The Gulf Fire project is being conducted under the umbrella of
the Tropical Savannas CRC and is a collaborative effort between the
Queensland Department of Primary Industries, CSIRO, Meat and
Livestock Australia, the Northern Gulf Resource Management Group,
Rural Fires and landholders. The project began in 2002, and is
testing the use of fire to manage woody species in the Gulf
Savanna. Two main species were targeted by the study: breadfruit (
Gardenia vilhelmii ) and gutta percha ( Excoecaria
parvifolia ) as well as yellow-woods ( Terminalia spp.),
eucalypts and acacias. Breadfruit is a small straggly tree that
grows to about 7 m high and is found on red earths, granites and
gravelly soils. Gutta percha is a straggly shrub growing to 6 m
high and preferring heavier (clay) soils. The two species tend not
to occur together.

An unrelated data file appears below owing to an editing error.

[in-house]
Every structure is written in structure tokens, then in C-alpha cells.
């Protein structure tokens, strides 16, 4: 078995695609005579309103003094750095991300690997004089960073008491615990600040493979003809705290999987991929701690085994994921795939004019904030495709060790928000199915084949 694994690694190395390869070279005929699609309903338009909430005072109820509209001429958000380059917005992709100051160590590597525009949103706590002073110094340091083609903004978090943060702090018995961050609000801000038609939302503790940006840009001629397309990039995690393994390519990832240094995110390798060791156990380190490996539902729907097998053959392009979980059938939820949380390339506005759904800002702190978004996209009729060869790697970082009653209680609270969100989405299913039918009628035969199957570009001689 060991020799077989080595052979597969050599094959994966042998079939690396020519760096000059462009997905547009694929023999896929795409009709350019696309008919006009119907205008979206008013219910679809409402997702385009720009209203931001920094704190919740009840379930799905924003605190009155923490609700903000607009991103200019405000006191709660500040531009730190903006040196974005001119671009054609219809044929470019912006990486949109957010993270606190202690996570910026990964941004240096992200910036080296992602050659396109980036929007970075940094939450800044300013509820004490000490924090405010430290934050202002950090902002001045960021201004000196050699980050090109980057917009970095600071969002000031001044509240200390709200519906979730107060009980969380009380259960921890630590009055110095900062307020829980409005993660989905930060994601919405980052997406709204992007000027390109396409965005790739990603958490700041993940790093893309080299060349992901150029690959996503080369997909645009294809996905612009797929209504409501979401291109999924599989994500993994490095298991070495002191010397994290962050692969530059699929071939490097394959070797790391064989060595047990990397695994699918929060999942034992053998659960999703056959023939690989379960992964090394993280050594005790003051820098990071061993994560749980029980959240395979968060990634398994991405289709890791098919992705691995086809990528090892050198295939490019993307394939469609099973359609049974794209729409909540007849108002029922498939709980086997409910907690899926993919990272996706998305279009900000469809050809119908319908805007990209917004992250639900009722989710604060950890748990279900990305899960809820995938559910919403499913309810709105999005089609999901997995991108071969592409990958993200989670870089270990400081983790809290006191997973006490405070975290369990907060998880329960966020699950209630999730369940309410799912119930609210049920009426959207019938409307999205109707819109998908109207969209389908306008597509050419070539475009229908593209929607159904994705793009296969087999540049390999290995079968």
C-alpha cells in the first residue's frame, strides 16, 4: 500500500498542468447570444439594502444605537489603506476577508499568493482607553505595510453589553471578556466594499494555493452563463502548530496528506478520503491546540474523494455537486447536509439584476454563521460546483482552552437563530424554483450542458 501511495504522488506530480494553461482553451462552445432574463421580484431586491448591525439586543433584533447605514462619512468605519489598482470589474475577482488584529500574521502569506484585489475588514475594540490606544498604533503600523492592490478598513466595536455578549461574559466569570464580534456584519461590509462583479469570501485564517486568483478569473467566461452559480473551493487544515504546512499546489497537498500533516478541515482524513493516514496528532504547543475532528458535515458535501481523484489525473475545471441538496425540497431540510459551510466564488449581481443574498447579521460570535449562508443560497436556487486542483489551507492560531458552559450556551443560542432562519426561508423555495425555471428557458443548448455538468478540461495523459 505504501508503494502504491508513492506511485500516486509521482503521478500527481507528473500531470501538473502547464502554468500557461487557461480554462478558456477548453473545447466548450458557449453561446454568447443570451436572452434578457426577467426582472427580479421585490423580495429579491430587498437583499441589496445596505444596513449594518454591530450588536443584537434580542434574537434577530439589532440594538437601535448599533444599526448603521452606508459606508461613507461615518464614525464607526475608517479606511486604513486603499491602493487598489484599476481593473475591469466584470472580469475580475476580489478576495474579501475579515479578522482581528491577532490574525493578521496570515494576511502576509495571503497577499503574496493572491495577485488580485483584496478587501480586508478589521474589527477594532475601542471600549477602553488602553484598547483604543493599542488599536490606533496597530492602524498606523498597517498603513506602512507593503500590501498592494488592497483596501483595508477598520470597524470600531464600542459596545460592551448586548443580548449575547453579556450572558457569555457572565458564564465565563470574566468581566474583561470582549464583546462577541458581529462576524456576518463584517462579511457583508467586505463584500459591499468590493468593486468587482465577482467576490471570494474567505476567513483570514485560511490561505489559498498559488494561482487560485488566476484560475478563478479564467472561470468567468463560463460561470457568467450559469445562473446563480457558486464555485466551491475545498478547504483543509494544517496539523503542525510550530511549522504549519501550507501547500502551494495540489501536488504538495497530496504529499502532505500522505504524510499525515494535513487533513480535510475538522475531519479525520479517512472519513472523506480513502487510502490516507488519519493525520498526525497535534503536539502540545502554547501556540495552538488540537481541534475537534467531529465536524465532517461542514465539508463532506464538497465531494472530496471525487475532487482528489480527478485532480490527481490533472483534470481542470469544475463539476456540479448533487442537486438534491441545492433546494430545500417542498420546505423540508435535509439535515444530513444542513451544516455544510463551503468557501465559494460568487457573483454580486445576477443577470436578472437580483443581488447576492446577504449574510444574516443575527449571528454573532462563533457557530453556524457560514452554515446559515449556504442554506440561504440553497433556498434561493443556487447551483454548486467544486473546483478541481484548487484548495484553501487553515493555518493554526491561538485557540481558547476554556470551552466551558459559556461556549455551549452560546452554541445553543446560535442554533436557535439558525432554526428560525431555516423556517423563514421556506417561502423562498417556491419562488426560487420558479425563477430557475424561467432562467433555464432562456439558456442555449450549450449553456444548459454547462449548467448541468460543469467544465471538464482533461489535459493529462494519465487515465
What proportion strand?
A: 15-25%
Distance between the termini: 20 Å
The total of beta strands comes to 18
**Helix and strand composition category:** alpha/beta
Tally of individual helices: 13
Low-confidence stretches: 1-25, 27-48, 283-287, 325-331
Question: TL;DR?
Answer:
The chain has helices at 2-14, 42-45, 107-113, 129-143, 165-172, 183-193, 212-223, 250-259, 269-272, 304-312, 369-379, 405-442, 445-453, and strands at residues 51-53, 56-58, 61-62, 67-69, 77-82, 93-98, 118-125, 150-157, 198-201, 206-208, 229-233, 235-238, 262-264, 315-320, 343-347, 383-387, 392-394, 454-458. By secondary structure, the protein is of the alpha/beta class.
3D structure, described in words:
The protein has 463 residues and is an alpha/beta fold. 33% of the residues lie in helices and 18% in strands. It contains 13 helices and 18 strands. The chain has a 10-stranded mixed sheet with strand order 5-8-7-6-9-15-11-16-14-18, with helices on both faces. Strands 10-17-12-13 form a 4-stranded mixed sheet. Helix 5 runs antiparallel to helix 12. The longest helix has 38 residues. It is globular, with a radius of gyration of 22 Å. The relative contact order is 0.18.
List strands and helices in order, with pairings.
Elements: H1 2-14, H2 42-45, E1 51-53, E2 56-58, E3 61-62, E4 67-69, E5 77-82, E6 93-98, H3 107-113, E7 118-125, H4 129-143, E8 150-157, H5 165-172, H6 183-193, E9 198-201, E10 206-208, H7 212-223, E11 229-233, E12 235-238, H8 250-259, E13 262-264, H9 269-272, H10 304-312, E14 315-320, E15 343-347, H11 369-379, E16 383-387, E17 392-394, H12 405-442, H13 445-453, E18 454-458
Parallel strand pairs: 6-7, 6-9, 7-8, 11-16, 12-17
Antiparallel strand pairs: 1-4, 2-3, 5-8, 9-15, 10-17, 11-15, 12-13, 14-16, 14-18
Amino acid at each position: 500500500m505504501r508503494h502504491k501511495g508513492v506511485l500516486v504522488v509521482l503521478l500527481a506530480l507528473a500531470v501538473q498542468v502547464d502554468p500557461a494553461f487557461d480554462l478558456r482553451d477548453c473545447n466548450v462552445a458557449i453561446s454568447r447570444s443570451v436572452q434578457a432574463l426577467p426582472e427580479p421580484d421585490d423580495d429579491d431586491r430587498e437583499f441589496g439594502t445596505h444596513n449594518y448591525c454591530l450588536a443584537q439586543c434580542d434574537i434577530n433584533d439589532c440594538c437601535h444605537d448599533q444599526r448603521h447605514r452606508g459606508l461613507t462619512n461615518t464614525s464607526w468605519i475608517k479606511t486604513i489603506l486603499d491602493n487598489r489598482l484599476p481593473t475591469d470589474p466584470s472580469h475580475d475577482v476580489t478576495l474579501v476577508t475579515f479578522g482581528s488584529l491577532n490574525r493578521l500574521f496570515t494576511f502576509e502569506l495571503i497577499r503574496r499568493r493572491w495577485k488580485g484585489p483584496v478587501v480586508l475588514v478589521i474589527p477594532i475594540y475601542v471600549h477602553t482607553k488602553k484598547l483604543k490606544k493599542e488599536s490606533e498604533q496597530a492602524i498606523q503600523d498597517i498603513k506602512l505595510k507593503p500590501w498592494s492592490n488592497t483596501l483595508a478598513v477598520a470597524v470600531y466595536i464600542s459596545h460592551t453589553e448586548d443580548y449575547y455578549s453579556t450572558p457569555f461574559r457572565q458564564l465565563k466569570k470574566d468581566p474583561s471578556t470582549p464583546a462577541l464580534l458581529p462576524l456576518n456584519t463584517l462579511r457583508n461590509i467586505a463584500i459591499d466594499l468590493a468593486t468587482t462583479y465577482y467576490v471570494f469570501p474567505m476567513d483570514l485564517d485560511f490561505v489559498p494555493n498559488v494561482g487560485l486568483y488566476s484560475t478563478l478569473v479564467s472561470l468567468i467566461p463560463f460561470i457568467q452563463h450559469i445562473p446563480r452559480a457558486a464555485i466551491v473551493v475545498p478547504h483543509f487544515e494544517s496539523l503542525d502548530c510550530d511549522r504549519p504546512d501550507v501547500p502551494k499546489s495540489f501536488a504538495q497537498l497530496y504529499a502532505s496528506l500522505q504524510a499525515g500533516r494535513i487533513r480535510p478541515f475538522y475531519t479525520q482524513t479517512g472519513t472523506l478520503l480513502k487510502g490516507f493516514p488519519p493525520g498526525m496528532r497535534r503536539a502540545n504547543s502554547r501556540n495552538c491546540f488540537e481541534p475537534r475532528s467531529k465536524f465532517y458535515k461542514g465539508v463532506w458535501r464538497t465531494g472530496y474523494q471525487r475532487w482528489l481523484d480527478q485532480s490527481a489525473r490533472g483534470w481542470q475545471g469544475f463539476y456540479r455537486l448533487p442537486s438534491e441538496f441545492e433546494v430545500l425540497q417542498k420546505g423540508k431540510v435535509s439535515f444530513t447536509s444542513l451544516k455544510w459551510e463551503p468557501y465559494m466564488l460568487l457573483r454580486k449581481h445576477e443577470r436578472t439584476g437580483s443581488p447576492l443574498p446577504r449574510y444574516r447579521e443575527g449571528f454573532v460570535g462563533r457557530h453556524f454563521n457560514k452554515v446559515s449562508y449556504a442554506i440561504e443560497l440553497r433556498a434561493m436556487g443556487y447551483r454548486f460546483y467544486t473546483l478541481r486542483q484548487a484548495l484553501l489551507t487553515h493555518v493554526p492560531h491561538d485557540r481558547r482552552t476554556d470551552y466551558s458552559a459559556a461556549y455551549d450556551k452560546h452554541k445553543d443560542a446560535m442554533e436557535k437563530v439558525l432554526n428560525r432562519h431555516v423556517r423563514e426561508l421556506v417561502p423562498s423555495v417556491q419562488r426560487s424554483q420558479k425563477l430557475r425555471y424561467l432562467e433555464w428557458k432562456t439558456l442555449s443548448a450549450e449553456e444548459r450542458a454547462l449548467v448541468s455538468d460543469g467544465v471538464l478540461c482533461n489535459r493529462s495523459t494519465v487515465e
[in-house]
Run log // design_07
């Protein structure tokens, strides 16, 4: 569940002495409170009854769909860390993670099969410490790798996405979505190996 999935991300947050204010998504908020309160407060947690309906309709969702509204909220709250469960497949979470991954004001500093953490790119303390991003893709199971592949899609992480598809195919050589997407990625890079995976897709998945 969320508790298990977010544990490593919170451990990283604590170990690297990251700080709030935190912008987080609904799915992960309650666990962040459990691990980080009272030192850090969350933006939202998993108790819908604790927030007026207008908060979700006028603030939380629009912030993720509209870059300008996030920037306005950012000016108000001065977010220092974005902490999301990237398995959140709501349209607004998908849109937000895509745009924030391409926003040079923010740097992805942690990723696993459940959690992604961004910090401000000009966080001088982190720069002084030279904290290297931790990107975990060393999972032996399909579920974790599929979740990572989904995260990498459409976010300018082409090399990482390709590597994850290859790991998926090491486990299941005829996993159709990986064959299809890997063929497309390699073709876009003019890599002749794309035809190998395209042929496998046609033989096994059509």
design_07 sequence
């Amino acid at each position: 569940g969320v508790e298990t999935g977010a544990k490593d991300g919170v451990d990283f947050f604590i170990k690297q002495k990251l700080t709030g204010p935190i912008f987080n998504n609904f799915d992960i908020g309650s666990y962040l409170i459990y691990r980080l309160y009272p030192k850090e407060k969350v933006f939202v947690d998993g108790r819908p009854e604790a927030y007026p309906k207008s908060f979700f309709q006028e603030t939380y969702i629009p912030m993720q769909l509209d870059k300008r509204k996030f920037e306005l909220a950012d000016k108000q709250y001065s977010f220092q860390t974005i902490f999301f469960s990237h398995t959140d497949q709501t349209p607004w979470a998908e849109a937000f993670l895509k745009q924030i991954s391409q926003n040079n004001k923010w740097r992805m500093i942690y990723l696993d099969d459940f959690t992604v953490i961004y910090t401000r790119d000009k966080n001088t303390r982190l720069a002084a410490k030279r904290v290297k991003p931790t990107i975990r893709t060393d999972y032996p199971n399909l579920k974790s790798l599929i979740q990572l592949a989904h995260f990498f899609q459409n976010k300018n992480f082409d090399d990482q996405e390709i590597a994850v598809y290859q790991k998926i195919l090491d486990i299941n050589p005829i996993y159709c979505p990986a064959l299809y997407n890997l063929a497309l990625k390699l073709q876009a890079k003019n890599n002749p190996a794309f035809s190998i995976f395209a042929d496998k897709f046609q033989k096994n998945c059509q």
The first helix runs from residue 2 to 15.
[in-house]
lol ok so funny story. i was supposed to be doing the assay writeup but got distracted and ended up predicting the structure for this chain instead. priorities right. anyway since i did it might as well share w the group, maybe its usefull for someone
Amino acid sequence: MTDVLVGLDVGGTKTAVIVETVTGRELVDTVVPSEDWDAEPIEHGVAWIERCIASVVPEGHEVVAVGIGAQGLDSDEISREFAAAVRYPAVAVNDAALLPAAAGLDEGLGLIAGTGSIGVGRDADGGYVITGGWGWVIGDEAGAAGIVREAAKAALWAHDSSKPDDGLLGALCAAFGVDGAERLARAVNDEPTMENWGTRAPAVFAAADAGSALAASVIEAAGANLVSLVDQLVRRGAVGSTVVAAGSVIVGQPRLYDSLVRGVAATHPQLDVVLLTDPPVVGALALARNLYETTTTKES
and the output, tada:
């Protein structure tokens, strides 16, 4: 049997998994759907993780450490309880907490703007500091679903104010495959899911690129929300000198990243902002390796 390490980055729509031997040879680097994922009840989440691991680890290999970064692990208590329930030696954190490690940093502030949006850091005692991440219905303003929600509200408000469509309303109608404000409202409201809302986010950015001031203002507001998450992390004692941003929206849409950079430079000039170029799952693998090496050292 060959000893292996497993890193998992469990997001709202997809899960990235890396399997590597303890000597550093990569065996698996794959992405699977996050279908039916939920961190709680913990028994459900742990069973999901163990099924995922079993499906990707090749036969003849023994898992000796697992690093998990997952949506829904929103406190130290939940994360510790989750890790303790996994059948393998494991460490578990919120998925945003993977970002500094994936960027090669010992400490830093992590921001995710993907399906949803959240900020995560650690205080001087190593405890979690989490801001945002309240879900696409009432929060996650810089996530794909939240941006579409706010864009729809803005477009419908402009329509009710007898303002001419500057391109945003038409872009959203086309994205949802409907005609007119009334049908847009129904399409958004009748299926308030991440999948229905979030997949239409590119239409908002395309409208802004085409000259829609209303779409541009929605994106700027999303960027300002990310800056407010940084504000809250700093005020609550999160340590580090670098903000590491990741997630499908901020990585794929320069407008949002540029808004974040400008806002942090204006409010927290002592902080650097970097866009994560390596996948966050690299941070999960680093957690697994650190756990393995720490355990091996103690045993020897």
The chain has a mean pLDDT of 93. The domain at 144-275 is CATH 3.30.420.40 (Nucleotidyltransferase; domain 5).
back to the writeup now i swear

Unlike some other Australian rangelands, including other regions
of tropical savannas and woodlands, fire is quite broadly accepted
by the pastoral community of the Gulf savannas as a useful
management tool for woody plant control.
The project team has had no difficulty locating sites that
landholders are prepared to burn as part of the program. This has
made it relatively easy to develop a network of study sites through
which the scientific and pastoral communities can together broaden
their experience of fire in the Gulf savannas. The selected
sites—five core sites and 10 satellite sites—are all
located on working cattle properties, and are spread widely across
the northern Gulf savannas from east of Mt Surprise to north of
Normanton. Together they represent considerable diversity of soils,
vegetation, climate, grazing and fire history and general land
from: Kernot, J. 2005, 'Fire may provide relief to shrub
increase', Savanna Links, Issue 31,
Read the entire article below.
Fire may provide relief to shrub increase
Article on a project that has been trialling burning regimes in the northern Gulf of Carpentaria to help manage vegetation change. From Savanna Links, Issue 31, Jan - June 2005 [read more...
Mapping fire in the Gulf NT
Mapping areas burnt by fire (fire scars) using satellite technology has been undertaken across northern Australia for several years It provides a very useful record of fire patterns across the landscape as well as being used in planning… [read more...